At my house, the song “Let It Go” from the movie Frozen is on TV, the radio, on my phone, and on my kids’ tablet at any given point at least twice a day. Okay, my kids might have a little Olaf obsession, which I totally understand. That is one cute snowman! Sometimes—okay if I were being honest I would say all of the time—the song or movie is playing while I am doing other things, such as cooking, working, writing, or cleaning. Lyrics and lines from the movie have become a part of my family’s vernacular. Just last weekend when my 2-year-old son saw snow for the first time in real life, he ran through the yard yelling, “let’s bring back summer!”
Last night, while I was trying to work on STEMtalk, I heard my children, who are 2 years old and 8 years old, using their TV time to watch Frozen yet again. The song “Let It Go” struck a cord with me. In the song, Elsa lets go of her fear and lets her power loose. In this release she finds that she had more potential than she had ever imagined.
I liken this to our testing culture. We have created a fear in teachers and students that say the greater amount of time we spend preparing for the test, the better chance we will have at warding off all possible negative outcomes. Children that are not doing well in tested subjects miss PE, recess, afterschool activities, and sometimes lunch and weekend time in order to review and study for these tests. We are taking our learners that struggle the most and we are digging a deeper hole for them. Much like Ana when her parents hid her away in hopes of keeping her safe, we are sequestering our struggling learners in hopes that more one-on-one sessions or more reading and test prep will get them to pass.
Let it go! Let go of the test, and let go of the stress that we heap on our children and ourselves. High-Stakes Accountability Testing has done the exact opposite of not leaving anyone behind; it has drawn a line in the sand and says to everyone on the wrong side of that line that they are behind or deficient. What if they are not behind? What if they are in the exact place that they need to be at that moment? Is that a bad thing? I am asking for a paradigm shift in how we view assessments. We need to stop using them to label our students, teachers, and buildings as somehow less than. Instead we need to see tests as a maintenance check of what is working and what is not. We should use these assessments to inform our teaching, not to label, because those labels (as are any labels) are detrimental to our overall goal in education.
As a classroom teacher I worked countless hours with my struggling learners, and their test scores improved dramatically from the beginning of the year to the end although they did not pass the test. The test set a standard for what is average and these kids were not average. On their best day and in their best mood, they were well below average. They had low IQs and extreme health issues or other handicaps (completely out of their control and mine) that stood in their way of reaching the “average” standard. I took the stance early on in my career that I was not interested in getting my kids to pass a test. I wanted my kids to learn to think. If they could think, they would have a great chance at passing any “test” that life threw at them. To be clear, I am not talking about any multiple-choice tests here. I mean real challenges, real tests, like who to vote for, what degree and career to follow, how to handle peer pressures, fighting illnesses, or even handling disagreements. Whatever subject I taught (which was everything from humanities to sciences at different grade levels), I would use the subject’s content as a vehicle to teach my students how to think.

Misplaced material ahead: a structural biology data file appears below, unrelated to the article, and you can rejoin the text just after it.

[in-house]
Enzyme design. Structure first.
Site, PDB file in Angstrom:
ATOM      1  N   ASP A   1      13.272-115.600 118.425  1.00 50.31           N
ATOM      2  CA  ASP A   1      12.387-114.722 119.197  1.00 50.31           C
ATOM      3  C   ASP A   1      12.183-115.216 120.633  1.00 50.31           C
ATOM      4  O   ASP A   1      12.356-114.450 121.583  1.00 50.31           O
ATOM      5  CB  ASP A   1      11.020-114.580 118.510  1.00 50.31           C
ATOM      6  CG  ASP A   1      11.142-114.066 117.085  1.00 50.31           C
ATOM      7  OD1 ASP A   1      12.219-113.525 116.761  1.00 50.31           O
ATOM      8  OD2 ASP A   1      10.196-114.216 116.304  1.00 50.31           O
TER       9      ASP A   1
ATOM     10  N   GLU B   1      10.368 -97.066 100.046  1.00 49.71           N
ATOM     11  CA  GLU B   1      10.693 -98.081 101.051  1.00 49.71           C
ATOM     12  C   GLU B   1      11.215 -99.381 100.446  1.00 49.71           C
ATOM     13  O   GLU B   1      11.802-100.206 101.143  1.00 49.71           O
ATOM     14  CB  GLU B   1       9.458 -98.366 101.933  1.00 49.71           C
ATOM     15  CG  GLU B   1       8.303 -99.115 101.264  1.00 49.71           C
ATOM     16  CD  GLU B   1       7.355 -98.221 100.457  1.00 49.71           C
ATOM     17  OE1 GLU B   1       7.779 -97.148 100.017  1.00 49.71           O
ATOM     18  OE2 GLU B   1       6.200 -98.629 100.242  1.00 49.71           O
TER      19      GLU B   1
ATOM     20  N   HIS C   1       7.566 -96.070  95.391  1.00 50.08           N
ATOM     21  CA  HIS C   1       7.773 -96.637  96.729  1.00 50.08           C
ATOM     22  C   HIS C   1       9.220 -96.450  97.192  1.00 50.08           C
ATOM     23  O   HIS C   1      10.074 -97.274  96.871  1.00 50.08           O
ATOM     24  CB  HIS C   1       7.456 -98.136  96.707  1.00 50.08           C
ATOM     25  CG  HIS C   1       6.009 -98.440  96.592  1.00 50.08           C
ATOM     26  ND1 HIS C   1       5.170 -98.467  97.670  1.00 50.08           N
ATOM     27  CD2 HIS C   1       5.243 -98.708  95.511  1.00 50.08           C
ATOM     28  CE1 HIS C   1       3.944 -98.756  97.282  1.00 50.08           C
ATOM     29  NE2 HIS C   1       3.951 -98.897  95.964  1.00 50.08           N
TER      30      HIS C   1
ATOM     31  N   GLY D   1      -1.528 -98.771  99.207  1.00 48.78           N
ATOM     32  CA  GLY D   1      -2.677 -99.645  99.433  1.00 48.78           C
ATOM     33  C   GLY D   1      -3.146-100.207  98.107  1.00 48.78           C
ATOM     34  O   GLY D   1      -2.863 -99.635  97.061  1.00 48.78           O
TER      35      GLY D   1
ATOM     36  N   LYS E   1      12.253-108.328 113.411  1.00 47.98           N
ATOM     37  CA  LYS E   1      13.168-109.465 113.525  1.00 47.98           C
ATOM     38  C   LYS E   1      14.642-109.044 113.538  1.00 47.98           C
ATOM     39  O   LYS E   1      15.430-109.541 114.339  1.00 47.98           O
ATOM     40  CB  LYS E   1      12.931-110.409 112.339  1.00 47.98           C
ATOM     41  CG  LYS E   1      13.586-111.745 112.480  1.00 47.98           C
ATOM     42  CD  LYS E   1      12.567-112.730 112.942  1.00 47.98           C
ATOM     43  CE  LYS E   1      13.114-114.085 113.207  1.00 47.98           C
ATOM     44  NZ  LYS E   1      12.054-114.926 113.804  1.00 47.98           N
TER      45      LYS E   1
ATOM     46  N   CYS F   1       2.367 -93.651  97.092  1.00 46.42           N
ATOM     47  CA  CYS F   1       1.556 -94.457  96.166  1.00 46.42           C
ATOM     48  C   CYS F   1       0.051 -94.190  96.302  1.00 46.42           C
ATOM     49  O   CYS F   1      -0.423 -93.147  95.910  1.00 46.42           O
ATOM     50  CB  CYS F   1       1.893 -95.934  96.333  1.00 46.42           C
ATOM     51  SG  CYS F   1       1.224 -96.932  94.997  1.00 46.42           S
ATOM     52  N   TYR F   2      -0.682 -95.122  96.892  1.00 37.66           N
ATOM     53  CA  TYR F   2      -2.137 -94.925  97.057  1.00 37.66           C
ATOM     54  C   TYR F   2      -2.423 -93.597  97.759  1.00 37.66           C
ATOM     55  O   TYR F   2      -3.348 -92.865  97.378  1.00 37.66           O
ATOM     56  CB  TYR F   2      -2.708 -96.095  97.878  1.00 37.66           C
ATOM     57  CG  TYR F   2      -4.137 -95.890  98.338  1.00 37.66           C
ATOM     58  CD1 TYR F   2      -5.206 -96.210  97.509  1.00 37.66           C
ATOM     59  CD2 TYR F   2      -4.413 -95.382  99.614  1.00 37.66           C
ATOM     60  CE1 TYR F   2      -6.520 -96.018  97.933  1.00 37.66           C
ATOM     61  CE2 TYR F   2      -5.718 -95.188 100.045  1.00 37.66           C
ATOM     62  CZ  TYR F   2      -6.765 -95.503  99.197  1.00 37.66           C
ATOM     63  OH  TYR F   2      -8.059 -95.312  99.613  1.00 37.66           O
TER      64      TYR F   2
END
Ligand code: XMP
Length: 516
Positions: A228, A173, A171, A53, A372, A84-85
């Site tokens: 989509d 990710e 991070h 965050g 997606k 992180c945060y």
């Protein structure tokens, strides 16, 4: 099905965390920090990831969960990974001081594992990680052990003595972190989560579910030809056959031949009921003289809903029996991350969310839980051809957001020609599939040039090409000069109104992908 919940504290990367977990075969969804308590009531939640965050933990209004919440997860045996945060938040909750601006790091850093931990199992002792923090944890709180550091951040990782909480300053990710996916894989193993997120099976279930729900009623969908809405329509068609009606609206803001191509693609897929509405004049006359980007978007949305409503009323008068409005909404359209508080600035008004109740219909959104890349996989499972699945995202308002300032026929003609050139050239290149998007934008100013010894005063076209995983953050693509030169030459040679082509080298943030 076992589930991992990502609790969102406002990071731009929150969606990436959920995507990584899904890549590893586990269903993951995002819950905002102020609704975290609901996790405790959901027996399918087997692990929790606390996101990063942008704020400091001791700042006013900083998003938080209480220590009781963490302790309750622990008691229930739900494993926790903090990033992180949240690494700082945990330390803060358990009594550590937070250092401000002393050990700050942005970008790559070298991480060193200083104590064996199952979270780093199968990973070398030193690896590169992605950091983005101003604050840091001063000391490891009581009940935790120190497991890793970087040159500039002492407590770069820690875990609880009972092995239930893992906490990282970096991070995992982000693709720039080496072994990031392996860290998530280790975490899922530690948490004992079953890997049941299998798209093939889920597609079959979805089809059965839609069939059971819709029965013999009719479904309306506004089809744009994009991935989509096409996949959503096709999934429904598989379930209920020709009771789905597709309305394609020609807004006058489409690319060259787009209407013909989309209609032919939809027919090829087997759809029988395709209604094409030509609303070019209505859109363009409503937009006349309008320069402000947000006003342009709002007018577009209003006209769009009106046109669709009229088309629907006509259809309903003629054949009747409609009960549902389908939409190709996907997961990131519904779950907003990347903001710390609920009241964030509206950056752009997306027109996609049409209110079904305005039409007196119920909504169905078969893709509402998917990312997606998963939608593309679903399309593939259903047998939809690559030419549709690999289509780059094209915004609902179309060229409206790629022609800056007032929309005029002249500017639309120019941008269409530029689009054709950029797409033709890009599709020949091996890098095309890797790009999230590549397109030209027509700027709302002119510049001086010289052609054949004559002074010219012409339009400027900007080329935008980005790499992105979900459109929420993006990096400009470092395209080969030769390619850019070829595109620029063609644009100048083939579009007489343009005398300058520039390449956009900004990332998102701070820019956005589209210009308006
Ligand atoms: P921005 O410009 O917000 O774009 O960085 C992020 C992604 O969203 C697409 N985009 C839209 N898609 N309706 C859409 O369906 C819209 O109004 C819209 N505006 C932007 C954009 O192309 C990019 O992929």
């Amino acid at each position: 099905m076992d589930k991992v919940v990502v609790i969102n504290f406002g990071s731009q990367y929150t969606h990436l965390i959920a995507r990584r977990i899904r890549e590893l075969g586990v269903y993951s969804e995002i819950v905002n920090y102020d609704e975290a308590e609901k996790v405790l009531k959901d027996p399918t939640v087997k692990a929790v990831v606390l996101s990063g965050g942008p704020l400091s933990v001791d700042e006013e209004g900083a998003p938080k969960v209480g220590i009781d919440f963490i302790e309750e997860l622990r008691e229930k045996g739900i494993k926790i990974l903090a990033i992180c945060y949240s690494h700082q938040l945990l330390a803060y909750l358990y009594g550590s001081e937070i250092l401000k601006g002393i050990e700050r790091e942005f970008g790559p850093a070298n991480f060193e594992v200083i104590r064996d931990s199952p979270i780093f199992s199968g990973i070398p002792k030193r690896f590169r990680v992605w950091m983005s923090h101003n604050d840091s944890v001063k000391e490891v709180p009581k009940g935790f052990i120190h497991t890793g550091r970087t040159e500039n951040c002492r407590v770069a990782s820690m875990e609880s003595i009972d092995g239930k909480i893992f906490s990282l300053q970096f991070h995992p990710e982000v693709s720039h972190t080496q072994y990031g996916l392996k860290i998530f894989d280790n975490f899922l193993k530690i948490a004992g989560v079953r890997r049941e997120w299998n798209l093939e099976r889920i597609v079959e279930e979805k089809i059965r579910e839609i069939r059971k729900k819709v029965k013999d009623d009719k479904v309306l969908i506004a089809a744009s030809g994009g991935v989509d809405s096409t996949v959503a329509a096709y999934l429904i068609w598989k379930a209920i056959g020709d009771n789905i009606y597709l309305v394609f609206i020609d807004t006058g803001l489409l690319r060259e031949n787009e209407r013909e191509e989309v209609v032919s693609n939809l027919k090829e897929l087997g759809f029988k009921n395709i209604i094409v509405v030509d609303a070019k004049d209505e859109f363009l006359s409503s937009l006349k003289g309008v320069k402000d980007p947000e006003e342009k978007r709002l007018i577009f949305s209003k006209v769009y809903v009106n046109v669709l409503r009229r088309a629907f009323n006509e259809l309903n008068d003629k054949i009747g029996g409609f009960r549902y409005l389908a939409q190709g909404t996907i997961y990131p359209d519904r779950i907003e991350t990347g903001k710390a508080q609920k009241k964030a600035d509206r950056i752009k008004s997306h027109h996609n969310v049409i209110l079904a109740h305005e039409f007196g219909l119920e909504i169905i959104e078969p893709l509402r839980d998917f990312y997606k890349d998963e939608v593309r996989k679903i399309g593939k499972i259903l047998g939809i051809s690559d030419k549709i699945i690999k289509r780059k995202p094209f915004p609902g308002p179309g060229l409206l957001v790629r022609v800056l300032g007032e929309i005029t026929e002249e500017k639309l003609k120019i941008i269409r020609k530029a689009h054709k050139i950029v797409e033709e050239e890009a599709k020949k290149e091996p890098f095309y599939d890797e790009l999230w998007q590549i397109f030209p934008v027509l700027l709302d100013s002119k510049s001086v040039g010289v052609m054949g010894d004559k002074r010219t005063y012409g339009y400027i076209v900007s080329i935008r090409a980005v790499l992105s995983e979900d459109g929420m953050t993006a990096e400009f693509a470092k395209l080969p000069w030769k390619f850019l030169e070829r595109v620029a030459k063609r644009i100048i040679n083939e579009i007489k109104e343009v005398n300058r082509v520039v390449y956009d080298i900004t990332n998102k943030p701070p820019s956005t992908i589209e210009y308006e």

With this group of special learners I had the same goal: use science to teach them how to think. Together we thought out loud, drew pictures, had hands-on experiments, sang science songs, and we even performed a dance about the water cycle, which I will spare you the details of how well that worked. Instead of talking about questions they got wrong, we celebrated what they got right and we simply went back to the drawing board to figure out what they did not know. I was elated when some of my students’ tests came back as a pass, but I was just as elated for those who did not pass. The test told me nothing that I, their parents, or they themselves did not already know. It offered no shocking revelations about these kids, so why give the test any attention—power. These kids have been told or felt like they were different or less than for most of their lives, so I refused to make them feel that way in my class. They were an important part of our community of learners and offered unique insights and ideas.
In the end, we were all successful because we all learned, we all worked hard, and we all searched for knowledge. Albert Einstein said, “Everybody is a genius. But, if you judge a fish by its ability to climb a tree, it will live it’s life believing it is stupid.” Although some of my students failed a test, they never failed to learn.